Timeline of Greatest Film
Milestones and Turning Points
in Film History


The Year 1966

Timeline of Greatest Film History Milestones and Turning Points
(by decade and year)
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1960, 1961, 1962, 1963, 1964, 1965, 1966, 1967, 1968, 1969

The Year 1966
Year
Event and Significance
1966
Sweeping revisions were made in the Hays Code regarding the standards of decency for films, suggesting restraint in questionable themes, rather than forbidding them completely. In the new code of the Motion Picture Association of America, virtue and the condemnation of sin were still encouraged. However, it eliminated previous prohibitions of "lustful kissing" and "passion that stimulates the base emotions," and permitted certain films to be labeled "recommended for mature audiences."
1966
Originally considered bold and ground-breaking (but now only self-conscious, tame, and dated), the UK Swinging 60s comedy film Georgy Girl (1966) starring Lynn Redgrave as the title character, became the first film to carry the label "suggested for mature audiences" - or M rating, only a month after the Production Code was revised.
1966
The first Matt Helm film, the comic secret agent film The Silencers (1966), starring Dean Martin as the light-hearted super-spy (loosely based on Donald Hamilton's 1960 novel), opened. It was the first of four James Bond spoof films from 1966-1969, including Murderers' Row (1966), The Ambushers (1967), and The Wrecking Crew (1969).
1966
Mike Nichols' directorial debut film was the dramatic Who's Afraid of Virginia Woolf? (1966) adapted from Edward Albee's 1962 play - with only four major characters. Nichols received an Oscar nomination as Best Director, although the ultimate winner was Fred Zinnemann for A Man For all Seasons (1966).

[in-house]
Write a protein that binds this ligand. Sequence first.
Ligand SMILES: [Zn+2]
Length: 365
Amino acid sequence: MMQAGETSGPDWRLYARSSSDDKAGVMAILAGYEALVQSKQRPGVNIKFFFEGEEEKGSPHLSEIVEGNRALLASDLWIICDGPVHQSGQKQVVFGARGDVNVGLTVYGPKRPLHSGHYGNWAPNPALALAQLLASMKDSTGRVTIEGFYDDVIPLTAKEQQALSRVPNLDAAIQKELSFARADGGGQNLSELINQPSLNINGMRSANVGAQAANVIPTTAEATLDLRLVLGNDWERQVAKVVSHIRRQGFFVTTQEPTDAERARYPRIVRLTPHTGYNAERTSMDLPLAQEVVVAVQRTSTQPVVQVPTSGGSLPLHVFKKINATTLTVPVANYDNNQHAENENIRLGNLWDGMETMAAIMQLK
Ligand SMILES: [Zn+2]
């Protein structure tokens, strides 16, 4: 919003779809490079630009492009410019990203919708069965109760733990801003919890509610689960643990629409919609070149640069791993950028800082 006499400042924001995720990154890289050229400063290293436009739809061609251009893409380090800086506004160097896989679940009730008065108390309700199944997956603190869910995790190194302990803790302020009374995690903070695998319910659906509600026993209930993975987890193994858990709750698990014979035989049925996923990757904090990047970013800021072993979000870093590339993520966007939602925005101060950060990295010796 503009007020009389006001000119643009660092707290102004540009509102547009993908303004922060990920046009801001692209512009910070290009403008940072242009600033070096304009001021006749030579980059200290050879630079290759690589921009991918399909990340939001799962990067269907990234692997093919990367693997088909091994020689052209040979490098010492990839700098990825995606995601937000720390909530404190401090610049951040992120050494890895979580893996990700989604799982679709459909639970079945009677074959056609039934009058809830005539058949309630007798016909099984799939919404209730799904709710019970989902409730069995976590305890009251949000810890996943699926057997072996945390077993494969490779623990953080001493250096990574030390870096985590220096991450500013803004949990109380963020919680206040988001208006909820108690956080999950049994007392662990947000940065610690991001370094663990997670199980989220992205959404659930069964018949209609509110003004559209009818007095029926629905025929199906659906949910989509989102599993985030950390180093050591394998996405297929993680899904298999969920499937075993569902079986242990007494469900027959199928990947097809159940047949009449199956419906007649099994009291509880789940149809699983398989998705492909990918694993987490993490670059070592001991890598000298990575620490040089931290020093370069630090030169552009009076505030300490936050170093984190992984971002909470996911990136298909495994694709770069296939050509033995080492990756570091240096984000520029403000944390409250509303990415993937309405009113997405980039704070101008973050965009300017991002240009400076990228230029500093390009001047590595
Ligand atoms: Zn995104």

1966
Director Otto Preminger's controversial courtroom drama Anatomy of a Murder (1959) was involved in a court case in 1966 involving whether it should be edited for television and broadcast with commercials. Preminger brought an injunction against Columbia Pictures Corp. and Screen Gems Inc. to prevent them from interrupting the film with commercials when it was televised. Preminger charged that if the film was cut and interrupted by commercials, his reputation would be damaged and its "commercial value challenged." The court ruled that the producer's right to final cutting and editing was limited to a film's theatrical release and not its televised showing.
1966
After an appeal by Warner Bros., Who's Afraid of Virginia Woolf? (1966) became the first film containing profane expletives and frank sexual content (ie., "Hump the Hostess") to receive the MPAA's Production Code seal of approval, although the most extreme profanity was removed (i.e., "Screw you" became "God damn you!"). It was the first American film to use the expletive 'goddamn' and 'bugger'. It was also the first film to be released with an M-rating ("Suggested for Mature Audiences") warning. [The film was noted for its four acting nominations (one for every member of the four-person cast).] The second film to receive an MPAA exemption (and seal of approval) shortly afterwards was Alfie despite the use of the forbidden word "abortion." These exemptions marked the beginning of the breakdown of the existing system of industry self-regulation and censorship, and the relaxing of code standards.
1966
MGM distributed Michelangelo Antonioni's Blow Up (1966), the director's first non-Italian feature, in defiance of demands that it make cuts. The film was released without a seal of approval. Jane Birkin and Gillian Hills, acting as teenaged groupies in the film, displayed glimpses of full-frontal female nudity, introducing American film audiences to their first view of pubic hair.